Summary

Recognising the importance of lifelong learning, retraining and upskilling.


Between 2016-2041, Scotland’s working age population is expected to grow by 1% compared with 8% in the UK. This trend is one reason why we need to enhance access to upskilling, reskilling and retraining opportunities so that individuals are able to successfully gain new skills regardless of age or current qualification levels.

Job-related training in Scotland has steadily declined over the last 15 years. Reversing this trend creates an opportunity to reinforce a culture of investment in human capital as a means of both increasing productivity and ensure both Scottish employers and employees are prepared for new and potentially unpredicted challenges and opportunities ahead.

We will work with business, and other system stakeholders, to encourage investment in workforce development by employers in Scotland.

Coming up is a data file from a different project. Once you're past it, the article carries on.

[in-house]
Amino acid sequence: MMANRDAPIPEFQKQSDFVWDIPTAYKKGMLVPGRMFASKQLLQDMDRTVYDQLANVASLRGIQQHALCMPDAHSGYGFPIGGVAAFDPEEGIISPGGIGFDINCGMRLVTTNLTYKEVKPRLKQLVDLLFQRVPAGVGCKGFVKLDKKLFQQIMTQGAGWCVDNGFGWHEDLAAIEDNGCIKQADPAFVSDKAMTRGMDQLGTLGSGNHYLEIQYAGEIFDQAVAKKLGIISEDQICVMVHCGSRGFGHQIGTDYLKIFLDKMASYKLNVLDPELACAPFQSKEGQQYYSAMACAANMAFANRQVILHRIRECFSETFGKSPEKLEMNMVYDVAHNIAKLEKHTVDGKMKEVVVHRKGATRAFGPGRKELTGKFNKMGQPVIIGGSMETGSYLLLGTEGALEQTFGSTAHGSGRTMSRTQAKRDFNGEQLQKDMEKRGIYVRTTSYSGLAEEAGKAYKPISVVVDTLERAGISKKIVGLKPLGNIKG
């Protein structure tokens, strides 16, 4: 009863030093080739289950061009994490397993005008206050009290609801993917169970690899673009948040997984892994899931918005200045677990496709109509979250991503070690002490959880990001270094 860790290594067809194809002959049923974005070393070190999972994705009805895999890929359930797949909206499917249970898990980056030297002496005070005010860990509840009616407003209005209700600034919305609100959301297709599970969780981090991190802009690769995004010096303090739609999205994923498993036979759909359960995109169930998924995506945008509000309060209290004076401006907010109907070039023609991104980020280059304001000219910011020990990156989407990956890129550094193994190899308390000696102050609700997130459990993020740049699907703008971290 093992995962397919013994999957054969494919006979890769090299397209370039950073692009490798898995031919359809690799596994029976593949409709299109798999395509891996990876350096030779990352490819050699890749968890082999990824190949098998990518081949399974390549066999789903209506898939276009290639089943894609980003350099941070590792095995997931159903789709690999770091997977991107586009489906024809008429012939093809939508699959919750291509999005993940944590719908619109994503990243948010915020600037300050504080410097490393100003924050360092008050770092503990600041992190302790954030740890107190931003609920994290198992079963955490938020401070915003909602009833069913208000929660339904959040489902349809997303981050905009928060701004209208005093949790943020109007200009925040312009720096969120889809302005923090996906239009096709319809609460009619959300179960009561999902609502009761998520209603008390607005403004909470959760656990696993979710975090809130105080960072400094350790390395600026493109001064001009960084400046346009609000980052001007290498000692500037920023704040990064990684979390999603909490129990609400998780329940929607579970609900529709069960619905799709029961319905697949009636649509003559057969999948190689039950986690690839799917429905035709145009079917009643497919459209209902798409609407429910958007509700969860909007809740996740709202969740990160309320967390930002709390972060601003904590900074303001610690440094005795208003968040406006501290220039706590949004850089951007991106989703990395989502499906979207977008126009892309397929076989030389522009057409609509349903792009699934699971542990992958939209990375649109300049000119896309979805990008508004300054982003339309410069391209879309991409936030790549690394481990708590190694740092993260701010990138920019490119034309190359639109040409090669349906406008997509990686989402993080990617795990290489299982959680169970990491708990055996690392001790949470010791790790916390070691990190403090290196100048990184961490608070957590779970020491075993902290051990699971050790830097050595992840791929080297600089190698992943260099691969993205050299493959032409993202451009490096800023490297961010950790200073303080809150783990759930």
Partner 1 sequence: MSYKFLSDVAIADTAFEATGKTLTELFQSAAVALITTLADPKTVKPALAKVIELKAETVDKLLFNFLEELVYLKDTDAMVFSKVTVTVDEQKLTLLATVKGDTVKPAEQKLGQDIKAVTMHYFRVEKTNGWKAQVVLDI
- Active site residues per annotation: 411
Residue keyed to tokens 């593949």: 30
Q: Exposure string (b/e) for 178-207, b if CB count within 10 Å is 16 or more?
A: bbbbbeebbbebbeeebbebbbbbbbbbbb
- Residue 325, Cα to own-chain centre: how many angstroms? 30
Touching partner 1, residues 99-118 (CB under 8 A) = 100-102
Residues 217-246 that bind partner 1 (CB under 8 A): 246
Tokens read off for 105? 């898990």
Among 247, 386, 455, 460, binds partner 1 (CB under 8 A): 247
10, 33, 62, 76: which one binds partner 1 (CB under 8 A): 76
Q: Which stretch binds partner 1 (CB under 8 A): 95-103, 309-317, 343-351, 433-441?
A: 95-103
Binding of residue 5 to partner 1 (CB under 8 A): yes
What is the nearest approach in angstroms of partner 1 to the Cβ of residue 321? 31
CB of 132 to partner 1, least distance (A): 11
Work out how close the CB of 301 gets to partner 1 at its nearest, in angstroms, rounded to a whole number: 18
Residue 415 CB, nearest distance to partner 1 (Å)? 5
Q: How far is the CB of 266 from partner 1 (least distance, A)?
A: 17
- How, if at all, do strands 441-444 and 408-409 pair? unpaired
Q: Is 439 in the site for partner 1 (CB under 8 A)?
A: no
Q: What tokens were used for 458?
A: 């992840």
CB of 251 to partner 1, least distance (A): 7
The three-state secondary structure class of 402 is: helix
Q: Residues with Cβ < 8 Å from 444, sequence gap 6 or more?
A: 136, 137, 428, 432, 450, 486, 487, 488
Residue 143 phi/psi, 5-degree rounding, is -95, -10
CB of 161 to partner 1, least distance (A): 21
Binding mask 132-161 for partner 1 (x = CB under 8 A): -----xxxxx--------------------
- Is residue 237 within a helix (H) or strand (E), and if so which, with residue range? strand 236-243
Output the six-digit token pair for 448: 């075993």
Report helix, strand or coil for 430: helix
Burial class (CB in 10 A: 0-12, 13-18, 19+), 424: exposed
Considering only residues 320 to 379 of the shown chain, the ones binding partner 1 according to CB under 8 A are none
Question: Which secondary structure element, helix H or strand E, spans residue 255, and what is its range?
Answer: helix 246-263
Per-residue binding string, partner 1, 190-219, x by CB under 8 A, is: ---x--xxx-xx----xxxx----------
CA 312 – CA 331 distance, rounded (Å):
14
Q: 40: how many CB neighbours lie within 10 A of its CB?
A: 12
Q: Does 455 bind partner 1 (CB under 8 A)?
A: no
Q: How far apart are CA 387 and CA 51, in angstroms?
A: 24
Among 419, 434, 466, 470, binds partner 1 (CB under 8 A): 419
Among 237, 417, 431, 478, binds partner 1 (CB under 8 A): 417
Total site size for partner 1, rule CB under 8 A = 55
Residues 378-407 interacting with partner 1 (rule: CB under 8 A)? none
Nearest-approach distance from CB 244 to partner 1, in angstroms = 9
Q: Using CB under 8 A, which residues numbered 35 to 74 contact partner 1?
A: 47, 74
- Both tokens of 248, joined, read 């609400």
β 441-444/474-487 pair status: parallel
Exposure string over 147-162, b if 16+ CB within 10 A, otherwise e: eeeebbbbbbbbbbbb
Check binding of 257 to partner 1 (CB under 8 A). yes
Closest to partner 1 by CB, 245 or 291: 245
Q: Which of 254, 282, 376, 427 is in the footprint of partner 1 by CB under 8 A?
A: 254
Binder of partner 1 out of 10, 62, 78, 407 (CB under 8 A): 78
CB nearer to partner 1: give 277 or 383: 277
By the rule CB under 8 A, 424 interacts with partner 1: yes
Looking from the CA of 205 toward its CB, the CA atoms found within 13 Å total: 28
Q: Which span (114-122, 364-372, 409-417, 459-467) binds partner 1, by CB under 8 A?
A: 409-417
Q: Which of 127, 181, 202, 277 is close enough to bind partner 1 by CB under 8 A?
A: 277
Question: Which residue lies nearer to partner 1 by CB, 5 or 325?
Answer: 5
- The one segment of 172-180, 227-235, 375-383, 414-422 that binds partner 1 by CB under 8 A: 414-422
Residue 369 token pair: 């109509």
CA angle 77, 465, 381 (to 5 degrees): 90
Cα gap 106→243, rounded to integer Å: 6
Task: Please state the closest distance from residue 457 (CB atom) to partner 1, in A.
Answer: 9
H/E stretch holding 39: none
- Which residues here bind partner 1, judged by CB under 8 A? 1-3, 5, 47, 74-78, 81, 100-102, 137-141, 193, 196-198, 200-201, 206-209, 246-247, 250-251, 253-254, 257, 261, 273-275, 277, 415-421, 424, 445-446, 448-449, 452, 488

Next steps

2.1) Through the National Retraining Partnership with CBI Scotland and Scottish Trade Unions Congress we will engage businesses, workers and wider stakeholders to identify how reskilling and upskilling opportunities can deliver the skills needs of Scotland’s future workforce.

2.2) Following the completion of Skills Development Scotland’s Careers Information and Guidance Review, we will publish a Careers Strategy later in 2019 to support learners and workers in making more informed career choices through-out their lives.

2.3) Through the Skills Action Plan for Rural Scotland we are improving access to work-based learning, education and skills training across the rural economy.

2.4) We will provide more opportunities for the current workforce to upskill and reskill, and improve the delivery of those opportunities to both employers and workers. This includes a greater variety of short-term/flexible learning opportunities.

As a first step, we will increase our investment in workforce development to £20m per annum from 2020/21 to drive the alignment of our support for the existing workforce, recognising the potential this creates to leverage additional support for those in work.

This will build on our current investment of £10m in the FWDF and better support those who are already in work and utilising schemes such as ITAs

2.5) As it becomes established, the National Manufacturing Institute Scotland (NMIS) Manufacturing Skills Academy will develop a catalogue of advanced manufacturing modules to understand and cater to needs across the sector.